Missouri’s 55th governor, the Honorable Jeremiah W. “Jay” Nixon, shared the stage with ATSU-Kirksville College of Osteopathic Medicine’s class of 2009 graduates at the College’s commencement ceremony on May 16.
As the graduates looked on in Baldwin Hall Auditorium at Truman State University, Governor Nixon delivered his keynote speech, focusing on the healthcare crisis in Missouri and the role of osteopathic medicine in creating jobs and providing better care to all citizens.
“As you bring your healing touch to your patients, you’ll be helping us turn the corner on both this healthcare crisis and our economic crisis,” he said. “You’ll be helping us ensure that our workforce is healthy and ready to take on the challenges of the 21st-century economy.”
In light of the storms that ravaged parts of Kirksville just two days before the ceremony, Governor Nixon praised the hard work of the community as they labored to recover and rebuild what was lost.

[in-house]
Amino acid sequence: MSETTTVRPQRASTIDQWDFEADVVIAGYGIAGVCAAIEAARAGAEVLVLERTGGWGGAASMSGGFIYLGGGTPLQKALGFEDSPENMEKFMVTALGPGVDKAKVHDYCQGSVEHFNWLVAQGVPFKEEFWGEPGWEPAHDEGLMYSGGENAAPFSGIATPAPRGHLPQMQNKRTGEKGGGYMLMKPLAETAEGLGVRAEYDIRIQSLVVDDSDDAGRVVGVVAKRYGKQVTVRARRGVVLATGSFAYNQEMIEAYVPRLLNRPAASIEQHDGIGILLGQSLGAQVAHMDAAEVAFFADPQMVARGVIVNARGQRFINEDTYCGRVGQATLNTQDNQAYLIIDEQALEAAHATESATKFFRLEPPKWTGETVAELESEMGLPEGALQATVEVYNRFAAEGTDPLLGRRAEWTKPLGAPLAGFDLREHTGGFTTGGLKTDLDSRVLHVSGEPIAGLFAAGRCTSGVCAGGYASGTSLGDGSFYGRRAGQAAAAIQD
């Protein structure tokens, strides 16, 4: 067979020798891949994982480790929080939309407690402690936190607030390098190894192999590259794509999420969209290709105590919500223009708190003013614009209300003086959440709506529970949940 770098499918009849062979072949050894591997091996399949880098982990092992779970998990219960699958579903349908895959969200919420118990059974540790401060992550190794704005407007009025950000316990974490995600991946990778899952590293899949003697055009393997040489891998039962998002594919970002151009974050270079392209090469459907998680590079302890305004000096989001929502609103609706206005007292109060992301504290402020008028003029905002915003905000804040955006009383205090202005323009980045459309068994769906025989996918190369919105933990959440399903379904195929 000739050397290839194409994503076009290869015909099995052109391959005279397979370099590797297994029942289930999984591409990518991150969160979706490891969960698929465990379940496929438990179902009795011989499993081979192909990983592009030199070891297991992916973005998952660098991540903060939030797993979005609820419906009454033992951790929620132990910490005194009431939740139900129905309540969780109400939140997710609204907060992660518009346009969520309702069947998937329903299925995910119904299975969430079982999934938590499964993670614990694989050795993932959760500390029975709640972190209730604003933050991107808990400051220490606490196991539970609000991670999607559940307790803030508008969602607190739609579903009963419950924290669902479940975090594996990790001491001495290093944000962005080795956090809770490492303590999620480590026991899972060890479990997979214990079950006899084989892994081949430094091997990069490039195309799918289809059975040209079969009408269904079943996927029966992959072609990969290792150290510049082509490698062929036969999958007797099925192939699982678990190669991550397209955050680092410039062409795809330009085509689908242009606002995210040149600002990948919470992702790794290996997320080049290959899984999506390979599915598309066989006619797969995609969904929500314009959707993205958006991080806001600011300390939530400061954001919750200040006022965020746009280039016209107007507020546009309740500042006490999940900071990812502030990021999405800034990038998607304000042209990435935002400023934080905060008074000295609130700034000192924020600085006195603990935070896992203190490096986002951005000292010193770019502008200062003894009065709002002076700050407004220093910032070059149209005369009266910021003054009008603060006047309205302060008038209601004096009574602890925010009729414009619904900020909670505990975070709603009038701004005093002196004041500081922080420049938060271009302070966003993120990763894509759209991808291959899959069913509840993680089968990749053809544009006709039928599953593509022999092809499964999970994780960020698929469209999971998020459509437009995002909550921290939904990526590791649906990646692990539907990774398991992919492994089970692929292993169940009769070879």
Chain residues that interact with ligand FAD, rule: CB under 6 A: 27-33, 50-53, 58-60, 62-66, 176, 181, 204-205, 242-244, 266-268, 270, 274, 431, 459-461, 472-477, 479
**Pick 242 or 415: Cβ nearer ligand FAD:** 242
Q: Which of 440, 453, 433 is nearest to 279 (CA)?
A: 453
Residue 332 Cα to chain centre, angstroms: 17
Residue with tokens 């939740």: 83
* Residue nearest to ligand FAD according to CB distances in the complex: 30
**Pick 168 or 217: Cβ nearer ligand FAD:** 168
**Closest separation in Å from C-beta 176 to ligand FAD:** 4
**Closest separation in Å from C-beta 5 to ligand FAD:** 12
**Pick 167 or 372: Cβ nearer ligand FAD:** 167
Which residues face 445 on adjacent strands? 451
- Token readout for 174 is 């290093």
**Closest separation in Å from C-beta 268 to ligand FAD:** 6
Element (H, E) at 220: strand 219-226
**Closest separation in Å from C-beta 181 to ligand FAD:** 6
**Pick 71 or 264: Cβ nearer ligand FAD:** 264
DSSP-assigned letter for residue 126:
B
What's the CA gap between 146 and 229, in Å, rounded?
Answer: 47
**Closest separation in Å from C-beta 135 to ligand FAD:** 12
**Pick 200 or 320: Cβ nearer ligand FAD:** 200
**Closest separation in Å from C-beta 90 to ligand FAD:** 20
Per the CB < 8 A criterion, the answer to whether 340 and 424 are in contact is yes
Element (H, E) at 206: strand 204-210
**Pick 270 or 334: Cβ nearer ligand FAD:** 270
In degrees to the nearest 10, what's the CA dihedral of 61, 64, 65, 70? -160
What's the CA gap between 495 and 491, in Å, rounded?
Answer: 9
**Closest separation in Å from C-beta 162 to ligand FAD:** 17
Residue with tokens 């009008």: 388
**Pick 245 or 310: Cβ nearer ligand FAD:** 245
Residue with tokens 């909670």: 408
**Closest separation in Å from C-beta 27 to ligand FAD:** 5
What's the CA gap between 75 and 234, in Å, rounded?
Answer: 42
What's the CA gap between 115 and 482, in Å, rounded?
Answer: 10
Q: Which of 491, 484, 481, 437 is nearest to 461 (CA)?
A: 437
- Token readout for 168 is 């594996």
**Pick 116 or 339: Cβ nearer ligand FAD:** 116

“The storm certainly didn’t go easy on Kirksville, as my emergency management team and I saw on Thursday when we surveyed the damage ourselves,” he said. “But I know the folks here in Kirksville. I know you will come together, as you always have before. And my administration will be there to support you every step of the way.”
The new graduates represent nine different countries, including Kenya and Lithuania. While the majority of students received doctorates of osteopathic medicine, eight received master’s in biomedical science, and four received dual degrees. The event marked the 117th annual commencement ceremony in the College’s history, and seventh since the formation of A.T. Still University.
“This year’s graduates will go out as individuals representing the founding osteopathic medical institution,” said KCOM Dean Philip Slocum, D.O. “They will together and individually make significant contributions to addressing the shortage of physicians in the United States and to whole person healthcare in this country.”
ATSU’s Board of Trustees and KCOM professors unanimously voted to give Governor Nixon an honorary doctor of humane letters (D.Hu.L.) degree, and Dr. Slocum presented it to him at the ceremony.